Loss of vision is debilitating; it can be so easy to take our human body parts for granted. Nevertheless, I refused to sulk. I informed work of the situation and agreed to continue working, with a lighter load especially on my long days every Tuesday. My eye appeared as though something was wrong. It was as though part of my eye was popping out as the hydrops caused a swelling. I chose to embrace self-love no matter what and as I continued working in a people facing job, people politely ignored it and my work colleagues were very kind and supportive.  Even though it was difficult, I felt really blessed that with the Gurus grace, positive attitude and willpower enabled me to embody witness bhaav and continue the journey forward.

Eight days later, continuing with the healing journey, I started my menstrual cycle, which left me with low energy. Normally it lasts one day. And with the hydrops, I thought perhaps my body just needed more time. Three days on, and I still felt the same. It was xmas eve. Something was not right. I did a covid test and it was negative. I repeated it the next day and it was still negative. Two days later, my mum came down with covid. It was then, that I realised I likely had covid and was the reason my mum caught it. I had no other symptoms, but extreme fatigue. Damage was done and I silently passed it to her. My mum is vulnerable and on immunosuppressants, she had it quite severely with a range of common covid symptoms. Fortunately, she recovered well with no side effects.

For me, the fatigue persisted for a week. Luckily, I had prearranged holidays over the xmas and new year period of 10 days. I spent my time mostly between sleeping and cooking.  My eye disturbed me more than the fatigue, which also limited any screen time. I had a ton of college work to do, but there was not an ounce of strength in me that could. Funny, if I had to go to work, I would have gone. But since I was home, I couldn’t find any inspiration.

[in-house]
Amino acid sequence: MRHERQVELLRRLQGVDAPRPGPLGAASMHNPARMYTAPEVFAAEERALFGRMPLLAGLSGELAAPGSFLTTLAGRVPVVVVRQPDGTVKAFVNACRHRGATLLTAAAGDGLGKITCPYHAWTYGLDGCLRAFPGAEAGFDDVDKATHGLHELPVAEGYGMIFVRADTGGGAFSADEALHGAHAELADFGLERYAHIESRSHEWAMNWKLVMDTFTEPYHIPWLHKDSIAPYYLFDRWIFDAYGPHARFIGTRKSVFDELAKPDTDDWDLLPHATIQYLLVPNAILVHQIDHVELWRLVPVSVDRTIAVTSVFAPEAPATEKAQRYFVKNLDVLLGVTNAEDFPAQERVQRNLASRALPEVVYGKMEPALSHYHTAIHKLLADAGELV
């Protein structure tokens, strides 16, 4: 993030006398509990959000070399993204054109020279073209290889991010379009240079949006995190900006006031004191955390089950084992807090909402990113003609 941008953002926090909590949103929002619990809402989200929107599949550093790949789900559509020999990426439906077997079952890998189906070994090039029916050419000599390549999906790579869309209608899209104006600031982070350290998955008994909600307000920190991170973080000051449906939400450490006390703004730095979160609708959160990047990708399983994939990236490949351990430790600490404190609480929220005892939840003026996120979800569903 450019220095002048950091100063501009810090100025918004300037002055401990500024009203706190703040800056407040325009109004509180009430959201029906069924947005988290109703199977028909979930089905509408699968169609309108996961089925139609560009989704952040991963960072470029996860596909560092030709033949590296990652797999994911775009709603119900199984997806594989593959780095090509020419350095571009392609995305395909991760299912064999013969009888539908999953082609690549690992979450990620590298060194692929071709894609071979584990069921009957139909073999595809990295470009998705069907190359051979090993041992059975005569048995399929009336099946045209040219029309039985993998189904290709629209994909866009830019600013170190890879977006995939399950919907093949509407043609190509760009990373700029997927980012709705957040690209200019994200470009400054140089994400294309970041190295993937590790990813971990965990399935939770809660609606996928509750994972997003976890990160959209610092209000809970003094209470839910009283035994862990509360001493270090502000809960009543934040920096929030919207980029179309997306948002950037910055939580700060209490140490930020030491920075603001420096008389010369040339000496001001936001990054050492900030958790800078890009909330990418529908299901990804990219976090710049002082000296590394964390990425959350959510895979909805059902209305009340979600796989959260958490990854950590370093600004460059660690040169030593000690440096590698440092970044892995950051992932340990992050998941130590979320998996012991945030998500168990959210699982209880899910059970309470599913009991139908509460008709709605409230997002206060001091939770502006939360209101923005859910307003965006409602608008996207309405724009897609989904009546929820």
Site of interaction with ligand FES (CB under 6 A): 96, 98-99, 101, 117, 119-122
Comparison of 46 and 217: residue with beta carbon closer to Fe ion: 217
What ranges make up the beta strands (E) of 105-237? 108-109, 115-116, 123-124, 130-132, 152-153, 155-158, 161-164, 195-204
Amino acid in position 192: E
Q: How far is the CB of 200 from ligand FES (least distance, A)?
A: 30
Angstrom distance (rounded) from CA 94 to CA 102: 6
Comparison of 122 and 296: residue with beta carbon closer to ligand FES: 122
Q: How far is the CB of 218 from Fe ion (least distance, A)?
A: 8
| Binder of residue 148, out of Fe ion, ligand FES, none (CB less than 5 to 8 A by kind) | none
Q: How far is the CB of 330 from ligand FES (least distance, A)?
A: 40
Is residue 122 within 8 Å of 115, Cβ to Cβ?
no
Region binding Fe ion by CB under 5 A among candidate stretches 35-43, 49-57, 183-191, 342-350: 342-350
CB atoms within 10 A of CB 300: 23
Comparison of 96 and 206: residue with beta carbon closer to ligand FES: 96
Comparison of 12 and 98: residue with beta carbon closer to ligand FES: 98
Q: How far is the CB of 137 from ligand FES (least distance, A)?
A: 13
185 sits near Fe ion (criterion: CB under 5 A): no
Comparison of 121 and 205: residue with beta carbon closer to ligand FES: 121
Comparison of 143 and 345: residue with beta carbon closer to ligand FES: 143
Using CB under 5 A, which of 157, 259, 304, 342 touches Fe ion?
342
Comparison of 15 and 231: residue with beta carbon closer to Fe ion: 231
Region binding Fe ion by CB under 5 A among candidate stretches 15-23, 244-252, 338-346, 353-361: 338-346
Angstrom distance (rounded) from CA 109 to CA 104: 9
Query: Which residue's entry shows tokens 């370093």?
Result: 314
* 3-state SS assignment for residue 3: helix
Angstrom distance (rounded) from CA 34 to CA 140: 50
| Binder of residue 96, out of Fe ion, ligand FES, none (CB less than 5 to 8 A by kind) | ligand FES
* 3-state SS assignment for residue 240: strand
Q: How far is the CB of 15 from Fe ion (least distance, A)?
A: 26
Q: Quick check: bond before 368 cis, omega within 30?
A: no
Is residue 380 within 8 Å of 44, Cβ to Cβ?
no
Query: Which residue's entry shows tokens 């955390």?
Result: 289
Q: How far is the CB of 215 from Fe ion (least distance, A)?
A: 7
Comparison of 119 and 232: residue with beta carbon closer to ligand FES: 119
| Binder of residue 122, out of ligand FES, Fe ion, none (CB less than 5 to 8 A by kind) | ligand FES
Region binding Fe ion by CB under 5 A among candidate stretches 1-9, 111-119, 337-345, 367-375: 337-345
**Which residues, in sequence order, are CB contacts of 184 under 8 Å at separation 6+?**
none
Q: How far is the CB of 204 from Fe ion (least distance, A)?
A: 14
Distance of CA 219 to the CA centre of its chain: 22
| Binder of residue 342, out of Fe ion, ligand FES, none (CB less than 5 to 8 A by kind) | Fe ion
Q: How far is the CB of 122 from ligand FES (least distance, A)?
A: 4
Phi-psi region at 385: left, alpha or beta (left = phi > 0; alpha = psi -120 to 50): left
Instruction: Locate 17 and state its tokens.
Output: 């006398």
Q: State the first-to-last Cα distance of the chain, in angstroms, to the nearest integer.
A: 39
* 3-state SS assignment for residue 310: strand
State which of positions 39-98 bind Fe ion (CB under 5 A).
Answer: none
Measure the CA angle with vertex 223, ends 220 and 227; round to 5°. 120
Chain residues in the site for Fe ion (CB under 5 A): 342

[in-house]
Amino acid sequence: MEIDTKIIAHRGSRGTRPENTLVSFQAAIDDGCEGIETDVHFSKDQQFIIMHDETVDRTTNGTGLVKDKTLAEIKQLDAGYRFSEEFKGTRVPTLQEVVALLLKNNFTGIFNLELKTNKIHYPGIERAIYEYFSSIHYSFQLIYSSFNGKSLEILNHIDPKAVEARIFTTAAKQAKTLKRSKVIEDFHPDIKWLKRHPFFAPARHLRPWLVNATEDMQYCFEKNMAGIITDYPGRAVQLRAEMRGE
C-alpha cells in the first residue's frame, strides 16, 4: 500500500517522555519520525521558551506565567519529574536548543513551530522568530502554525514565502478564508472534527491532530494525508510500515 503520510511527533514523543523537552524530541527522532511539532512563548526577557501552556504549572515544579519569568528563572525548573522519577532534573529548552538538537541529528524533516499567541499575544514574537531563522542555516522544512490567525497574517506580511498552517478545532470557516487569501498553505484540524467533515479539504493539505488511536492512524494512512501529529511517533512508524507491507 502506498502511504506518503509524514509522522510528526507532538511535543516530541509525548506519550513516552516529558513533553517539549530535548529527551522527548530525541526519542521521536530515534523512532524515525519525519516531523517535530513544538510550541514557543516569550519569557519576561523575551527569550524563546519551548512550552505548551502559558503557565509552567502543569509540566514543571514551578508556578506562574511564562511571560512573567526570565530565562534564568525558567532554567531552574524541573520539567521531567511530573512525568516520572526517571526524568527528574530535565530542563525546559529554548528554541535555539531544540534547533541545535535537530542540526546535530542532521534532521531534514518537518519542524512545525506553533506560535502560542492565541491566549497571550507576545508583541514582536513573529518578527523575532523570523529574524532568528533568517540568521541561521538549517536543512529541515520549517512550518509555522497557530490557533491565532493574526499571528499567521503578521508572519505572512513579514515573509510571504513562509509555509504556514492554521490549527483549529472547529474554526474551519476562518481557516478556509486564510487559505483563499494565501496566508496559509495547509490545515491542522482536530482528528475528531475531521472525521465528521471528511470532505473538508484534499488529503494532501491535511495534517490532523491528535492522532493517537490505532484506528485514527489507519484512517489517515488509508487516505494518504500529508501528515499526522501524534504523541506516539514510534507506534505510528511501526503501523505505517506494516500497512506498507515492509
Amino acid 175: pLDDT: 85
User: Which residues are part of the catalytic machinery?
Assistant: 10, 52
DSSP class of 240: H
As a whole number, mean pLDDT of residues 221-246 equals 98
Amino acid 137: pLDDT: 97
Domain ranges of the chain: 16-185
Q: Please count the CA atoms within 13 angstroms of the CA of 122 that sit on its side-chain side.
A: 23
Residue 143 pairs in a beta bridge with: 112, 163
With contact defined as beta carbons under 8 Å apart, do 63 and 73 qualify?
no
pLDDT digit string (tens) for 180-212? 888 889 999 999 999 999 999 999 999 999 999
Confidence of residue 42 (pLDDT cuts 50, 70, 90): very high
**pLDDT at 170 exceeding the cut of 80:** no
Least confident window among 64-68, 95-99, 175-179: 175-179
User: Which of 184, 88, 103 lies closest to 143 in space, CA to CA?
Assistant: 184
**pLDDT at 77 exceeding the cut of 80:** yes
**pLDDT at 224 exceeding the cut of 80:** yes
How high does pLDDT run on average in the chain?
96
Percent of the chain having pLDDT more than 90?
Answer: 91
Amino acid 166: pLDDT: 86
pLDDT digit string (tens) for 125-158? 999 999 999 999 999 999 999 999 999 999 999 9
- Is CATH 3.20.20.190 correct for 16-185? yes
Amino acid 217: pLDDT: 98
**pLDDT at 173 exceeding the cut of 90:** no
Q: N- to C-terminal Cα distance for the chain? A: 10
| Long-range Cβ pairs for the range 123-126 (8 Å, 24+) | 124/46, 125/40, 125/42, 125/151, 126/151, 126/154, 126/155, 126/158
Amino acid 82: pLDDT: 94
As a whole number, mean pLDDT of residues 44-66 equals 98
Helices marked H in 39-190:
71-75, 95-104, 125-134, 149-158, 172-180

January came and I couldn’t face going back to work because I was still low in energy and used to sleeping in late and out of my usual routine. At the crack of dawn on the day of returning to work, I dreamt a dream. It was with Swami ji. I cannot remember the dream exactly, but in that dream Swamiji gave me all the shakti to start the year back at work. Not only did he grace me with his presence on that day, but again the next day too. I am forever so grateful. The visions gave me such strength and conviction and made me feel so loved and protected.

7 weeks post onset of the hydrops, I was given a review appointment at the hospital. To my utter astonishment, I was told I had completely recovered. Although a visible scar forever imprints my eye, my vision improved manifold, including improvement to the vision I had pre-hydrops. The opticians were able to measure me up for a new lens. Honestly, it felt like a miracle. So, it seems that my prayer was answered after all. My eyes did improve, just not in the way I thought it would. It certainly came with a price, but that’s with everything in life. I feel so, so, so grateful for being able to go through this journey with heightened awareness and surrender. All I can say is never lose hope and faith, NO MATTER WHAT.

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Bijal Shah